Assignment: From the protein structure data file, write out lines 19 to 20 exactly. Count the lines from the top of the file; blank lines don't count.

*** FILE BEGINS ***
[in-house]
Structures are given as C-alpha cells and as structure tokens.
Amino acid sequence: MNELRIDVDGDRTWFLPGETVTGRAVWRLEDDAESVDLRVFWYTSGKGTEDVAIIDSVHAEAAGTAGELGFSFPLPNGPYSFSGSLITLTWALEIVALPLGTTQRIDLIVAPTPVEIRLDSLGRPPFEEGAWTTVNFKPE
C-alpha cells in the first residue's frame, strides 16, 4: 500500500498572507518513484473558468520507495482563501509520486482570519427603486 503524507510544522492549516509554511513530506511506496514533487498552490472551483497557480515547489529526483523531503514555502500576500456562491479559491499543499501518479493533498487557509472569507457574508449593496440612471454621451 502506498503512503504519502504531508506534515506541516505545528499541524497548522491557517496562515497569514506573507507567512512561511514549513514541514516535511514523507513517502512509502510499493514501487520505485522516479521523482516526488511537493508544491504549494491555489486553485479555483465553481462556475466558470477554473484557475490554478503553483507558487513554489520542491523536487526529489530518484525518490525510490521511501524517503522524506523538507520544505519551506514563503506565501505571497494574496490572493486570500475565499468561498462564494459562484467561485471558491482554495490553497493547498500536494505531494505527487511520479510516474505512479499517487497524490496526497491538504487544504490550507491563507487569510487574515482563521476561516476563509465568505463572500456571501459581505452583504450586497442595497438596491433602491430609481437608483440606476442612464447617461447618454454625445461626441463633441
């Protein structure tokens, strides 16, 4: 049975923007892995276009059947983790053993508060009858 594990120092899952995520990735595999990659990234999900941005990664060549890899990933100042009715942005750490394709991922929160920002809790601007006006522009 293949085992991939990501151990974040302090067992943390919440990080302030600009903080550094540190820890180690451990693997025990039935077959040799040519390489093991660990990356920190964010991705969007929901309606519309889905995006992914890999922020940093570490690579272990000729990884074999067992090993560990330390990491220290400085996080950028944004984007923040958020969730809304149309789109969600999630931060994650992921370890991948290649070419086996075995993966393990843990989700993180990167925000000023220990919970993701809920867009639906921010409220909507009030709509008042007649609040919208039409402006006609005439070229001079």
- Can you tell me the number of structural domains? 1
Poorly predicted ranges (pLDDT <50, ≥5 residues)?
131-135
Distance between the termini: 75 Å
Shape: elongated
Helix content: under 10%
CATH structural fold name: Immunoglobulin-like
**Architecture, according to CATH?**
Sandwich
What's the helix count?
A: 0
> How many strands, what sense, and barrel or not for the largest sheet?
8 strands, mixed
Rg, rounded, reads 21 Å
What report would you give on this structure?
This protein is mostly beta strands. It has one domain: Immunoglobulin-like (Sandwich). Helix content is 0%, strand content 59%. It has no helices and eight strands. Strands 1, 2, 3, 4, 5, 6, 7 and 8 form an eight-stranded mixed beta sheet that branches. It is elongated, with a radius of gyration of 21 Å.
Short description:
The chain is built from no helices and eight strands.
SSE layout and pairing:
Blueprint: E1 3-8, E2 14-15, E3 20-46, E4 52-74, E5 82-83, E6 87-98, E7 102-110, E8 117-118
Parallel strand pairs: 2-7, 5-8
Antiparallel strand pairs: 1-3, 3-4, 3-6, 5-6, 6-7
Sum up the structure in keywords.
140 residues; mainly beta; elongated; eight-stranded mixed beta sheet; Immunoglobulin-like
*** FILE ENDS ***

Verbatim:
Rg, rounded, reads 21 Å
What report would you give on this structure?